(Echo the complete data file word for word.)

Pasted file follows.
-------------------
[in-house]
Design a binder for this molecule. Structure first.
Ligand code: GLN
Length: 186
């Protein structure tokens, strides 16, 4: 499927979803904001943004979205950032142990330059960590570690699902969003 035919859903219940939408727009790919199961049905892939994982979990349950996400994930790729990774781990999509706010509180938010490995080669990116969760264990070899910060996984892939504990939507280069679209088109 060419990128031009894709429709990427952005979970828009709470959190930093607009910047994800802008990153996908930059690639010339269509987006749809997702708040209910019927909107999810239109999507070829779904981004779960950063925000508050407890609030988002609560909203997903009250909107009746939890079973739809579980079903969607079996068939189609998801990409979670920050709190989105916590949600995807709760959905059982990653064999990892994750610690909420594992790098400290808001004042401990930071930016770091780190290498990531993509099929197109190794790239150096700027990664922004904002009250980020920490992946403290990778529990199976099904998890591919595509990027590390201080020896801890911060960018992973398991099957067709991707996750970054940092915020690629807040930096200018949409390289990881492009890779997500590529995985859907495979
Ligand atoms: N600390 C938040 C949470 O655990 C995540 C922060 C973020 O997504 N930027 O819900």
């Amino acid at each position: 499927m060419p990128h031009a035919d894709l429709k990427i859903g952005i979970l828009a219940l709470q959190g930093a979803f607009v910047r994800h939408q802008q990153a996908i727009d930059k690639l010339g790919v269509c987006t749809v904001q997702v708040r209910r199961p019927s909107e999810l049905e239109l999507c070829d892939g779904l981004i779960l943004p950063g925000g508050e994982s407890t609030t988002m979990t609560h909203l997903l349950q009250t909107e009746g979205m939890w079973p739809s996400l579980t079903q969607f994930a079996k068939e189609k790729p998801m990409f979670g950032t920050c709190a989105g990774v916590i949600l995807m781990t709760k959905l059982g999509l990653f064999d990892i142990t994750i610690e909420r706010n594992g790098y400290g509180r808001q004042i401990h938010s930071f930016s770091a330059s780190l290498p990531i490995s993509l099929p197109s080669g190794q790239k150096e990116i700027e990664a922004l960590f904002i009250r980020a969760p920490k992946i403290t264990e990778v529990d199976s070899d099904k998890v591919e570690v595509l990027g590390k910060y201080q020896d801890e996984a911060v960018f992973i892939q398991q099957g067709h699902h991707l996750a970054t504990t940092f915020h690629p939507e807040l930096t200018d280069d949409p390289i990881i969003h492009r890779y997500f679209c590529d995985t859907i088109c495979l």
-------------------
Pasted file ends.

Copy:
[in-house]
Design a binder for this molecule. Structure first.
Ligand code: GLN
Length: 186
């Protein structure tokens, strides 16, 4: 499927979803904001943004979205950032142990330059960590570690699902969003 035919859903219940939408727009790919199961049905892939994982979990349950996400994930790729990774781990999509706010509180938010490995080669990116969760264990070899910060996984892939504990939507280069679209088109 060419990128031009894709429709990427952005979970828009709470959190930093607009910047994800802008990153996908930059690639010339269509987006749809997702708040209910019927909107999810239109999507070829779904981004779960950063925000508050407890609030988002609560909203997903009250909107009746939890079973739809579980079903969607079996068939189609998801990409979670920050709190989105916590949600995807709760959905059982990653064999990892994750610690909420594992790098400290808001004042401990930071930016770091780190290498990531993509099929197109190794790239150096700027990664922004904002009250980020920490992946403290990778529990199976099904998890591919595509990027590390201080020896801890911060960018992973398991099957067709991707996750970054940092915020690629807040930096200018949409390289990881492009890779997500590529995985859907495979
Ligand atoms: N600390 C938040 C949470 O655990 C995540 C922060 C973020 O997504 N930027 O819900």
């Amino acid at each position: 499927m060419p990128h031009a035919d894709l429709k990427i859903g952005i979970l828009a219940l709470q959190g930093a979803f607009v910047r994800h939408q802008q990153a996908i727009d930059k690639l010339g790919v269509c987006t749809v904001q997702v708040r209910r199961p019927s909107e999810l049905e239109l999507c070829d892939g779904l981004i779960l943004p950063g925000g508050e994982s407890t609030t988002m979990t609560h909203l997903l349950q009250t909107e009746g979205m939890w079973p739809s996400l579980t079903q969607f994930a079996k068939e189609k790729p998801m990409f979670g950032t920050c709190a989105g990774v916590i949600l995807m781990t709760k959905l059982g999509l990653f064999d990892i142990t994750i610690e909420r706010n594992g790098y400290g509180r808001q004042i401990h938010s930071f930016s770091a330059s780190l290498p990531i490995s993509l099929p197109s080669g190794q790239k150096e990116i700027e990664a922004l960590f904002i009250r980020a969760p920490k992946i403290t264990e990778v529990d199976s070899d099904k998890v591919e570690v595509l990027g590390k910060y201080q020896d801890e996984a911060v960018f992973i892939q398991q099957g067709h699902h991707l996750a970054t504990t940092f915020h690629p939507e807040l930096t200018d280069d949409p390289i990881i969003h492009r890779y997500f679209c590529d995985t859907i088109c495979l």